This essay examines the 'newest social movement' paradigm advanced by a Canadian sociologist, Richard J.F. Day. I argue that the strength of his methodology consists of its movement away from a tendency to favour the Gramscian organisational logic of 'hegemony', toward an embrace of the 'affinity logic' of modern anarchist political theory. However, the inadequacy of the approach arises due to a number of assumptions, including the following three: (1) there is an assumption that the genealogy of affinity provides a sufficient counter-narrative to the more prevalent logic of hegemony; (2) there is an assumption that the former logic breaks completely from the latter, and; (3) there is an assumption that the former is a spontaneous and contemporary logic while the latter is a bygone determinative logic. I shall aim to demonstrate that a more compelling claim may have been that hegemony logic is a less cunning discourse of mastery than affinity logic, and that the latter is in all actuality a continuation rather than an abandonment of the former. I believe that this amendment broadens the paradigm's applicability and situates it within a global context of determination.
Richard J.F. Day has put forward a bold claim: within many of today's social movements there can be discerned a new cultural logic that aims not at the hegemonic establishment of central nodes of political power but rather at the proliferation of solidarity networks based on the anarchist principle of 'mutual aid'. These solidarity networks organise themselves loosely and horizontally without a fixed centre of political power. Today's most interesting social movements 'display [...] an affinity for affinity, that is, for non-universalizing, non-hierarchical, non-coercive relationships based on mutual aid and shared ethical commitment[s] [...] all of these groups and movements [are involved in an] ongoing displacement of the hegemony of hegemony by an affinity for affinity' (Day, 2005, 9). Day's framework has become a cornerstone for the reorientation of contemporary social movement studies--particularly for those with an 'anarchist studies' orientation--and it has inspired countless scholars (Avery-Natale, 2010; Carroll, 2010; Karatzogianni and Robinson, 2010; Shantz, 2012).
POLITICAL LOGIC VERSUS CULTURAL LOGIC
If it is true that the shift from older class-based social movement paradigms toward the 'new' (note: not 'newer') social movement paradigm brought with it a displacement of explicitly political logics by emphasising the prominence of cultural logics (Scott, 1990) then we might also claim that the 'newest' social movement paradigm only further accentuates this displacement. The newest social movements are not political for the precise reason that they are not meant to be understood as hegemonic. In fact, they are not at all what most sociologists or social movement scholars would call 'social movements' at all (Day, 2005, 8). These movements, and scholars of these movements, have therefore continued to deepen the work of many traditional anarchist theorists by distinguishing between 'political revolution' and the 'social revolution'. One of the ways the work has been deepened was by introducing a shift from a logic of 'hegemony', which is a political logic, to the logic of 'affinity', which is a cultural logic.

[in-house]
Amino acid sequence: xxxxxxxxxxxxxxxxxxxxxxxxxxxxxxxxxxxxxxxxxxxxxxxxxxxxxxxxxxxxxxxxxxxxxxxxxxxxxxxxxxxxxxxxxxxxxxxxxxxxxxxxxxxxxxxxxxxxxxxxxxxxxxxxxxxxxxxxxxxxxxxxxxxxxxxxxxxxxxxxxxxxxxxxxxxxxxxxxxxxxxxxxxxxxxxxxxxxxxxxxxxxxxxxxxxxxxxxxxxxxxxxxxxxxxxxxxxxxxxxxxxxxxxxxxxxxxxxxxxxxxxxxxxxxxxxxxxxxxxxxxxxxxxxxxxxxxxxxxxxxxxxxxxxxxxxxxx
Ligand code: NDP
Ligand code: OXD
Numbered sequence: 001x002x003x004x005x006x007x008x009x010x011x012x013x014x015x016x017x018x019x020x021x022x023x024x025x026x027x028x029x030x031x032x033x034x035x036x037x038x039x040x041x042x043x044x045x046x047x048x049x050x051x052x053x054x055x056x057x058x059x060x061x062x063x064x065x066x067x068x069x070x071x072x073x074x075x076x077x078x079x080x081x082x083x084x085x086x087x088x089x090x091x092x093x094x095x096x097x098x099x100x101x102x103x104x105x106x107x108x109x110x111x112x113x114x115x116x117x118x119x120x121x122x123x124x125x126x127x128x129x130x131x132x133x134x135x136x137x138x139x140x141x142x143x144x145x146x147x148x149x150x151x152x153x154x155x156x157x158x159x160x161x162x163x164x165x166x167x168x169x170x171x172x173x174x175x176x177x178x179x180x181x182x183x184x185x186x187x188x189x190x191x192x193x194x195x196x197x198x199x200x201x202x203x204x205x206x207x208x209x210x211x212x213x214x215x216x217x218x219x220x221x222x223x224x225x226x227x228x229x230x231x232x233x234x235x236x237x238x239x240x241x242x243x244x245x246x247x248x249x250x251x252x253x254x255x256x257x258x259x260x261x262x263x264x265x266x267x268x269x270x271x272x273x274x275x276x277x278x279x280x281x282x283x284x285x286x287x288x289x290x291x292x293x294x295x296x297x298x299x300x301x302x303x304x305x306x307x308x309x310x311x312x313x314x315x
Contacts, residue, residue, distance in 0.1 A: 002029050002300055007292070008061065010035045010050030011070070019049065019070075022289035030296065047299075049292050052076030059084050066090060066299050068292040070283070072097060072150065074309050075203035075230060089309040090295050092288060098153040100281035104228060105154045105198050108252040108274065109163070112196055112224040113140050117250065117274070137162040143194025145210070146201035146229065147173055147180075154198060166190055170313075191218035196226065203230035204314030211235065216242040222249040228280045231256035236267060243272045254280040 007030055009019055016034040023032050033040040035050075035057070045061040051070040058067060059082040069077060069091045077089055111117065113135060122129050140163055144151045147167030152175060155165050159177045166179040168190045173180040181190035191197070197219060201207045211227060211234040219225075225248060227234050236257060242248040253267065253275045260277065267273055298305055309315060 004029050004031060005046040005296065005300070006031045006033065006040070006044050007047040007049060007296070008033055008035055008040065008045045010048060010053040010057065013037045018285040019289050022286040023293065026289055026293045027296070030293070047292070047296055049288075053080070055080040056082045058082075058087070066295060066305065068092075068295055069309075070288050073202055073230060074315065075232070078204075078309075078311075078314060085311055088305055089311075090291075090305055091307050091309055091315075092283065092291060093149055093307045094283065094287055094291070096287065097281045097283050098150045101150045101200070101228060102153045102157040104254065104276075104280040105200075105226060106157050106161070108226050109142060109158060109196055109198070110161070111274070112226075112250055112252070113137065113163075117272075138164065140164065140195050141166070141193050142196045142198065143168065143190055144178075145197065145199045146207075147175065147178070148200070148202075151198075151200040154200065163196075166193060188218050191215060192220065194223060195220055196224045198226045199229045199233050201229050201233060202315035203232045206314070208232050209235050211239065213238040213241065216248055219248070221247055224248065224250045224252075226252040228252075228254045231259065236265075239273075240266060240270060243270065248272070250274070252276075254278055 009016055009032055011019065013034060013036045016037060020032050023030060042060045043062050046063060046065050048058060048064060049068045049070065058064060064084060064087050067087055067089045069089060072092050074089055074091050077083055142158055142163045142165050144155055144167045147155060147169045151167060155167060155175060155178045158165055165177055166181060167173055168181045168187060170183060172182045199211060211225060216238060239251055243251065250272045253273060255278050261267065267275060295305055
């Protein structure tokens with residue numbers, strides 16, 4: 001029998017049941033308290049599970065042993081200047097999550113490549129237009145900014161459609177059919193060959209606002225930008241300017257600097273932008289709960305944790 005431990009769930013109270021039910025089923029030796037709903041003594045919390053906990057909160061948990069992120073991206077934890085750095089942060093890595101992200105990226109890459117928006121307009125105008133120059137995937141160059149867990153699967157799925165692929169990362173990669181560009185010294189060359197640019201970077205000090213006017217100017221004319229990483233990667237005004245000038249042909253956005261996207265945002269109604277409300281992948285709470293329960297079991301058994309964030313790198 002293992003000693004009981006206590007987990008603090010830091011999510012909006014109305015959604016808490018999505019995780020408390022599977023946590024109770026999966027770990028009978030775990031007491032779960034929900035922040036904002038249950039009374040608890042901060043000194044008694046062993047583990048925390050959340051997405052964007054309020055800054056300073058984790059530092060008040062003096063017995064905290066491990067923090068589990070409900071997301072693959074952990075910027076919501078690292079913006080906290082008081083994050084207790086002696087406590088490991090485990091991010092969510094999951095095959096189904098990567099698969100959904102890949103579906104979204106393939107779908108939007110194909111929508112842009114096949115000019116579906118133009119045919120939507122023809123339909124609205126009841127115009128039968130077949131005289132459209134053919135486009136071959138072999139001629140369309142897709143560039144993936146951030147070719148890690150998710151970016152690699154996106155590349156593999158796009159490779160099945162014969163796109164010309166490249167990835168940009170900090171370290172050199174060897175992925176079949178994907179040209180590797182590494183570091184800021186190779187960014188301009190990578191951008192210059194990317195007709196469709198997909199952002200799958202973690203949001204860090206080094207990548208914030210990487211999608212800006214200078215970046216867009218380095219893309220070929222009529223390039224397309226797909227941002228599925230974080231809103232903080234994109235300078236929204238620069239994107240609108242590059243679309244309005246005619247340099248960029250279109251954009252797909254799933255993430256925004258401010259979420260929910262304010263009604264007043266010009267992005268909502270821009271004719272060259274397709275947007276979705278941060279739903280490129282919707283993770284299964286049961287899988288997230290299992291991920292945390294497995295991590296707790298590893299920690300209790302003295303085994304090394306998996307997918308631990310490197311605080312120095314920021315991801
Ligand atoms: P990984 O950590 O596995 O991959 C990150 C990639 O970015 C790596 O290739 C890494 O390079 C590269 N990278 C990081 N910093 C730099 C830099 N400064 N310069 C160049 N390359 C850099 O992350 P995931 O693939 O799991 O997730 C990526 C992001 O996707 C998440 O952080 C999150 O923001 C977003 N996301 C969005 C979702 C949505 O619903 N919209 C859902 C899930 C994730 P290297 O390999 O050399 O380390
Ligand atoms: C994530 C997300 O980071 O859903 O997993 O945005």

This shift from politics to culture also introduced a deeper and more nuanced understanding of the nature and function of power and resistance. The underlying methodological premise of the newest paradigm is explicitly genealogical, which is to say that it borrows its theoretical apparatus and assumptions from the writings of Michel Foucault and Friedrich Nietzsche. The genealogical method permits newest social movement scholars to unearth the 'social' or 'cultural' revolution already present within political movements and theories (like a seed beneath the snow). Todd May (1994), whose work has also been heavily influenced by Foucault, has described this shift as one from a 'strategic orientation' toward a 'tactical orientation'. The strategic orientation has as its general understanding a notion of power that operates uni-directionally and repressively from a given central and unitary location. This was the position of the 'classical' anarchists. They believed that the state was the major site of political power and repression (see also Newman, 2004). The tactical orientation has as its understanding a notion of power that operates constructively rather than repressively and across a wide range of cultural and social registers. None of these registers have any natural ontological privilege as the key site of power. What exists is merely a semblance of power afforded by a given register where power is permitted (by the multiplicitous collection of social actors) to conglomerate. As Day put it, 'there is no single enemy against which the newest social movements are fighting. Rather, there is a disparate set of struggles, each of which needs to be addressed in its particularity' (Day, 2005, 5-6). The enemy is everywhere, and, therefore, so too is the front line of battle.